What can be expected ethically from someone like Esther Crawley, who led a trial on the quack “Lightening process”?

  • Anil van der Zee

    “Smart people can convince themselves to believe a lot of stupid things.” 

    – by dr. David Tuller

    #PACEtrial #PACEgate #CBT #GET #FITNET

  • Lady Shambles

    And the hard work of the ‘researcher’..both should be applauded imo.

  • Joan Byrne

    Thank you David for a very comprehensive account of what is, as you say, a complicated issue. I wondered recently why I dont get horrified by the number of appalling happenings surrounding this woman and her cohorts and I think its that I have come to believe that they are so cosied to ‘official UK’ that they really dont see the need to abide by the rules of mere mortals. However history always tells us that that is the rock on which they perish. Keep chipping away David. This is another to add to the pile of doggy doo when the proverbial hits the fan

  • Freda

    No surprises with EC’s work the MAGENTA trial reviewer “Suzanne Broadbent” slammed the poorly designed GET aspects of the trial and EC’s response was woeful but the trial still went ahead as EC planned….
    Do UK Universities have a blind spot in regards to CFS/ME or i s all their research this woeful??

  • Freda

    The FITNET ethics board at Bristol Uni when reviewing that study asked bizzare questions that reflected a lack of understanding of the disease..ie they were concerned about the 90 minute long interview, not because it might be to onerous but because the child might leave the room. They had no qualms that EC tells parents their child may worsen from walking to bed ridden. Quite happy that children with CFS which is known to cause heart rate abnormalities don’t wear heart rate monitors pre trial and to establish a health baseline…heart rate monitors are only worn if the child can exercise for 30 minutes 3 times a week.

  • Sue Wilson

    So Crawley has set up a study to find MORE patients when NHS services are already overstretched and when the critetia for diagnosing MECFS are disputed. So it seems she may identify kids who don’t actually have ME and worry them and their parents. But on the other hand the ones who don’t have ME and are just chronically tired, as many teenagers are, should respond well to CBT and GET and Crawley will come out smelling of roses.

  • Lady Shambles

    Although the point here is less about that and more about her seemingly passing off ‘research’ as ‘service evaluation’ and in so doing bypassing the need for proper ethical review, and the fact that despite warnings from a peer reviewer BMJ-Open were happy to publish a study with what appear to be very substantial ethical flaws/ questions over ethical consent.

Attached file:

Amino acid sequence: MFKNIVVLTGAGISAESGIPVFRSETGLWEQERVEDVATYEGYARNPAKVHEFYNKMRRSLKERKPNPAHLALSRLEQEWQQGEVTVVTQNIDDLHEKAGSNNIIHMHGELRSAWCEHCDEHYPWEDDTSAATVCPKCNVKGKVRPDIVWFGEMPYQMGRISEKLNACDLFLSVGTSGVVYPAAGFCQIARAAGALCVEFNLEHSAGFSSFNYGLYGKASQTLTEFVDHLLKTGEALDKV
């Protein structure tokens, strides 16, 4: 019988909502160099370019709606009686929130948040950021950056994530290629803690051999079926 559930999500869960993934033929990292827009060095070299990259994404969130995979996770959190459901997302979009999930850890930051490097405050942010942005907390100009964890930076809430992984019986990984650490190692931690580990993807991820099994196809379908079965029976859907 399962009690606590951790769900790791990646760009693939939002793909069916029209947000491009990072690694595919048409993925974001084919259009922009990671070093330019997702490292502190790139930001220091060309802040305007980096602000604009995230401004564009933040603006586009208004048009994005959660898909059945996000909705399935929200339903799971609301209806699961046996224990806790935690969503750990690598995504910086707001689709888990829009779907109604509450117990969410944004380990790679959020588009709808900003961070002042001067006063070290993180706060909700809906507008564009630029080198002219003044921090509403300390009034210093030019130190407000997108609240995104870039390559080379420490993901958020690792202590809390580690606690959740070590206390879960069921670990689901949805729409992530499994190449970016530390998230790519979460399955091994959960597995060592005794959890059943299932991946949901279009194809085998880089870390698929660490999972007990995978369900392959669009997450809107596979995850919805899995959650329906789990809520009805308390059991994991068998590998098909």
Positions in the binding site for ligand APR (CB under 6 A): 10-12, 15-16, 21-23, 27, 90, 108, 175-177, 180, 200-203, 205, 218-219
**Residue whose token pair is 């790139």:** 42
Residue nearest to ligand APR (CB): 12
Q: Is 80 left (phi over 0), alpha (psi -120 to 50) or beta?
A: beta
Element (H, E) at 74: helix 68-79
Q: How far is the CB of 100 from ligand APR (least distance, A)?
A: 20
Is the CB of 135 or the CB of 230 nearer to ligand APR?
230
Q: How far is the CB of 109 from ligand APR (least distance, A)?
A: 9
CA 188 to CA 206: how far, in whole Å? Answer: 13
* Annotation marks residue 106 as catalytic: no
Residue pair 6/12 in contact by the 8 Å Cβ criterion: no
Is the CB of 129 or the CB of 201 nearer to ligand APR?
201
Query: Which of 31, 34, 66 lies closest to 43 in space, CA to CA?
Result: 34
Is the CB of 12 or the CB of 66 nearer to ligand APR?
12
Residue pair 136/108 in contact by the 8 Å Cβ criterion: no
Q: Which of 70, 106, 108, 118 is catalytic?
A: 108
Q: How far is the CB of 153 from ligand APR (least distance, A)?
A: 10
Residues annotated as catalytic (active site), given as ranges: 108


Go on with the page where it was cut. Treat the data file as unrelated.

• Sheila Campbell

    Thank you for exposing this and to the investigator. UK science and journals seem to be completely devoid of any scientific or ethical integrity.

  • Wendy Boutilier

    Children with M.E. have been taken from their parents and denied access to food, water or parental contact – or thrown in swimming pools – in an attempt to try to force the child to ‘stop pretending to be ill.’ What is happening to people with M.E. is a gross violation of basic human rights. It amounts to legalised medical torture and abuse of some of our most vulnerable members of society.
    The problem is not merely that M.E. patients are inappropriately treated as if they were mentally ill. It is so much more than that. The ‘CFS’ government spiel encourages the idea that patients given this misdiagnosis are lazy, selfish, manipulative, dishonest and deluded people that are ‘enjoying the sick role’ and so deserve to be treated with scorn, contempt and outright ridicule. Patients are persecuted by everyone around them in many different ways, continually.
    Human rights groups and the media are fed the “CFS” propaganda to enable companies to get out of paying for any type of proper medical care for all these patients, saving them many millions of dollars. The abuse of M.E. patients is not accidental, it is PLANNED, and these groups are working hard to make sure it continues so that their financial support continues and their Reputation remains unquestioned.

  • Joy birdsey

    I think it’s time to uncover who pulls Ester Crawley’s strings, who is her puppet master, who has given her carte blanch, to ignore ethics, that all of us who have done research have to adhere to. Ask yourselves this , Simon Wessley was given a knighthood, for services rendered to the state, what services ? There are serious medical abuses going on here folks, there is plenty to see.

  • clark ellis

    At first I thought this was a case of not following appropriate ethical process, which shows a disregard for good research practice but not a lot more – I figured, had they applied for approval they would have got it… But then kept reading and thinking and actually I do not think that is the case and I think this is actually more serious than I first appreciated.